This provincial government news item was released in March, 2010. It advised that the province of BC saw 286 motorcycle fatalities on our highways between 2000 and 2007. As a result, the BC Coroner's Service convened a Death Review Panel to examine the increasing frequency of serious collisions. The panel made recommendations to prevent loss of life in similar circumstances.
Death Review Panel Members
The panel consisted of representatives from The Insurance Corporation of British Columbia (ICBC), The Superintendent of Motor Vehicles, The Motorcycle and Moped Industry Counsel, Motorcycle Training Institutions, Police, The British Columbia and Canada Safety Counsels, The British Columbia Coalition of Motorcyclists, the BC Coroners Service and the riding community.
Recommendations to Reduce Motorcycle Fatalities
They made the following recommendations:
- Require mandatory industry certification for all motorcycle helmets.
- Establish a graduated-licence program for new riders.
- Implement a zero-tolerance blood-alcohol policy for new riders.
- Issue a different-coloured licence plate to motorcyclists who hold a learner’s licence.
- Re-evaluate existing standards for training schools and instructor certification.
- Expand the scope of coroner’s investigations involving motorcycle deaths to include more data and compile it in a specific section for better analysis in the future.
A look at ICBC statistics on motorcycle fatalities shows a 5 year average from 2017 to 2021 of 40 incidents. Using this rate for the same length of time previous to last year indicates 320 deaths, an increase of 34.
B.C.'s Coroner's Service report summarizes all motorcycle fatalities in traffic-related motor vehicle incidents (MVIs) between January 1, 2012 and December 31, 2021.
CBC Today - June 1, 2023
Motorcycle and traffic safety experts discuss road safety for motorcyclists:
- Coroner's Service Death Review Panel Report
- Response Letter from the Superintendent of Motor Vehicles
- Canadian Statistics: 2016 to 2020
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It's important to realize that at 9:22 phone-caller Dan claims that there is no graduated licensing system in BC, and this doesn't get corrected until three minutes late by the ICBC person.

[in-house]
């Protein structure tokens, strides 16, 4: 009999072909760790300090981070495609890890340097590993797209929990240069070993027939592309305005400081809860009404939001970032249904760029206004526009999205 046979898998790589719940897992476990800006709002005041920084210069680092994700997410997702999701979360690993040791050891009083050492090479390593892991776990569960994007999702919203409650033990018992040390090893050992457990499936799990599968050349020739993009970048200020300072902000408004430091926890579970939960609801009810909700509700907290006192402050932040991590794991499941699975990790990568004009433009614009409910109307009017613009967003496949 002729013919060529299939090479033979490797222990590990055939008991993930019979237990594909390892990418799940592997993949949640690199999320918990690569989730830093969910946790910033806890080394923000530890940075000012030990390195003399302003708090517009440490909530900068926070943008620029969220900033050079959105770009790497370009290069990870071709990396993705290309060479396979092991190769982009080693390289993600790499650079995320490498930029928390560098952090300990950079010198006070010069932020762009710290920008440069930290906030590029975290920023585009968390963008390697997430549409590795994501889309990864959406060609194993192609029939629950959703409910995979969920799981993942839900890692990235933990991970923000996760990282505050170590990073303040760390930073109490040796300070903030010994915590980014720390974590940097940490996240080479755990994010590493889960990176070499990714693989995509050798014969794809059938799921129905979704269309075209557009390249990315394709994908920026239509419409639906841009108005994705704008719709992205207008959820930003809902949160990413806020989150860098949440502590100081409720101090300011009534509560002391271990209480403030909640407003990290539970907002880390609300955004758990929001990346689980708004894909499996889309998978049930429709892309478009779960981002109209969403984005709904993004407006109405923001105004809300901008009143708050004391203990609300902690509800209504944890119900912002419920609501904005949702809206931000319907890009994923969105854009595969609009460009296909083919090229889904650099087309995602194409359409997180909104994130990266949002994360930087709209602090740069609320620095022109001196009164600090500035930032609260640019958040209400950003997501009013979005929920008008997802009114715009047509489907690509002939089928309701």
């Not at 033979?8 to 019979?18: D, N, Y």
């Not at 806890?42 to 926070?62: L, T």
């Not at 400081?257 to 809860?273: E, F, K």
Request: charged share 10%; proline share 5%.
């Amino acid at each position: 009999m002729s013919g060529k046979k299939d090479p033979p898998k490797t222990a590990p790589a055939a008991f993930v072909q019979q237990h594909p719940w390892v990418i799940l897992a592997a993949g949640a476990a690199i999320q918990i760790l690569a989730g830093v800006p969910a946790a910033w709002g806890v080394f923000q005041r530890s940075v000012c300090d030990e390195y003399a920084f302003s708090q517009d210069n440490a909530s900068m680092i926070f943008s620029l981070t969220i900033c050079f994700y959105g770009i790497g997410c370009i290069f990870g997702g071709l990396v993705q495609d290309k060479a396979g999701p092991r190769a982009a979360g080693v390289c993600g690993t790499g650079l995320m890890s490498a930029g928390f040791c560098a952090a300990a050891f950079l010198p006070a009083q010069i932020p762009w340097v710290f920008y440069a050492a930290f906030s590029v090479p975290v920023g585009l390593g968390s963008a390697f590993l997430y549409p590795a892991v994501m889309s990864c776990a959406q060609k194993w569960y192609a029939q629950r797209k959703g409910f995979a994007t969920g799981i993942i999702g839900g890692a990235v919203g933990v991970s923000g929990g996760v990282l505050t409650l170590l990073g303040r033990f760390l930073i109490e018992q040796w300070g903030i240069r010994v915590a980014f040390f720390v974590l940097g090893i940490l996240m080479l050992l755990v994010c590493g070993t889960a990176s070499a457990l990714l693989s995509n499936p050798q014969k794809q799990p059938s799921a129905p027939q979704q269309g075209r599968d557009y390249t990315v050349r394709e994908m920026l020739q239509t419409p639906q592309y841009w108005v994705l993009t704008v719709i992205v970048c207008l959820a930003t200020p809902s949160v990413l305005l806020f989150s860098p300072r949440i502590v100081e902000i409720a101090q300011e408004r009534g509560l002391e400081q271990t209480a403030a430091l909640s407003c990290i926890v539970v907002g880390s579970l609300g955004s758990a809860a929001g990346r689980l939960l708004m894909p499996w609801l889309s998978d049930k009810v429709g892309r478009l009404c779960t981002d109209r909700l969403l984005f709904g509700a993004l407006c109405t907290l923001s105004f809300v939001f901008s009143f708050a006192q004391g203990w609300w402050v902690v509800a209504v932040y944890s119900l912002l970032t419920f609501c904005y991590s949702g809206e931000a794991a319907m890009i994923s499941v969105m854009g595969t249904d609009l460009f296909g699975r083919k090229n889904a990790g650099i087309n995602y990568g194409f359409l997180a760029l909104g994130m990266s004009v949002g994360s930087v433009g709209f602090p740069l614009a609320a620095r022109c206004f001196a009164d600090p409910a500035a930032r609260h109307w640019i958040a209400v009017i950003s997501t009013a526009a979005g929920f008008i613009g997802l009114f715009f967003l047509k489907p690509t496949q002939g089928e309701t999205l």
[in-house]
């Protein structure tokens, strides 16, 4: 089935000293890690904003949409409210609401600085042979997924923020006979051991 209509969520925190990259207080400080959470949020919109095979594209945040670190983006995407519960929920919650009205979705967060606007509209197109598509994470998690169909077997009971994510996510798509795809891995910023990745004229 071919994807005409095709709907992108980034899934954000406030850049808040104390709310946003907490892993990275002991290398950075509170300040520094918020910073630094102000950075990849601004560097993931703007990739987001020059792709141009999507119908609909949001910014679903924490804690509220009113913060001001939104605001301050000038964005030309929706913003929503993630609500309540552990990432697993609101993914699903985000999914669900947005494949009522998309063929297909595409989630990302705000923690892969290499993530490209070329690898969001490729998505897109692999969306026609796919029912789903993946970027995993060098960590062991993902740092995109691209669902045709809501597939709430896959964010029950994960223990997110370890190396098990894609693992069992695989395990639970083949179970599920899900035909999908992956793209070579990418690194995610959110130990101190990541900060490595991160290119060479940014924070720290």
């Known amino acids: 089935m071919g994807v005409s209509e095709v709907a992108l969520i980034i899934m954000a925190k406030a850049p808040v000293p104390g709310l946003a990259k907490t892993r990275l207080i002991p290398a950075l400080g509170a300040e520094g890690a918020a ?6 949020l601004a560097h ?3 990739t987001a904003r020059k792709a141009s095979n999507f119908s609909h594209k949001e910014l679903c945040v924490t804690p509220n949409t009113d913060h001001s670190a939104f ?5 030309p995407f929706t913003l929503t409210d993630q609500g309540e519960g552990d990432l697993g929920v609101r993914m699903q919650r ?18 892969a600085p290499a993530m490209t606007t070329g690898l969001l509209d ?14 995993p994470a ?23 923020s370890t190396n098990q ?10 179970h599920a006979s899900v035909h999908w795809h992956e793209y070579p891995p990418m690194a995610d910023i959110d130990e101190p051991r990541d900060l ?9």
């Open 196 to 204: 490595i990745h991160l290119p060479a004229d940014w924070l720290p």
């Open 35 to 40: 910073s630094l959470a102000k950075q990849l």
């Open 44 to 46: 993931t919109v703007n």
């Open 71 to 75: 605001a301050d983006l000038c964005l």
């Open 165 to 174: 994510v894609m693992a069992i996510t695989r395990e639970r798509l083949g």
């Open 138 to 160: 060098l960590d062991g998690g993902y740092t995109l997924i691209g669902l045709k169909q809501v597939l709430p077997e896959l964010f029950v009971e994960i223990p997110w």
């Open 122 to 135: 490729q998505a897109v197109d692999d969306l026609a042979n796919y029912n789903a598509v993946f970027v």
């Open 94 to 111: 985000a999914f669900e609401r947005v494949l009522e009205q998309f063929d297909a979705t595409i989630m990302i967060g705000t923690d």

Exactly! We've had a GLP program in place for Class 6/7 drivers for 25 years now, for heaven's sake.
But what really bothers me, is that therein lies the problem.
When I was an Instructor (teaching classes before GLP was introduced), I would recommend to every class that if they wanted to ride a motorcycle, after passing their test at minimum they should be driving for a year without tickets, accidents, or even locking up the brakes. No surprises, because they were aware of their surroundings and situation at all times.
Yeah, that's a long time ago, but the principles of Smith System - including 'Make Sure They See You' still apply.
Yet ICBC missed a brilliant opportunity, as they could have mandated GLP that only Class 7 drivers, which would have forced them to acquire at least some experience behind the wheel, instead of becoming organ donors. After all, the professional licensees (C1,2,3,4) all require a Class 5 beforehand, so why not the Class 6?
And don't tell me that this would be a massive inconvenience to all those who never intend to drive anything else!
I have used motorcycles as my primary transportation for 50 years and new many people who do not have car licences, so I can't agree with mandatory car licences.
But I highly recommend approved training for new riders.
One advantage we have in BC is that most new riders take professional training whether they have a car licence or not.
And the standards for approved courses is fairly high (higher than the skills test, which doesn't test shifting or steering at speeds higher than 10kph)
Unfortunately, while most schools bundle traffic training with skills training (and the theory for traffic is part of the approved skills course) there are no standards for traffic training.
The other major issue, which we've been trying to get addressed since the inception of GLP in 1998 is the loophole that you can take an approved course and get your supervision restriction removed in two days, without ever demonstrating the ability to ride in traffic.
If you don't take any training, you have to wait a whole 30 days.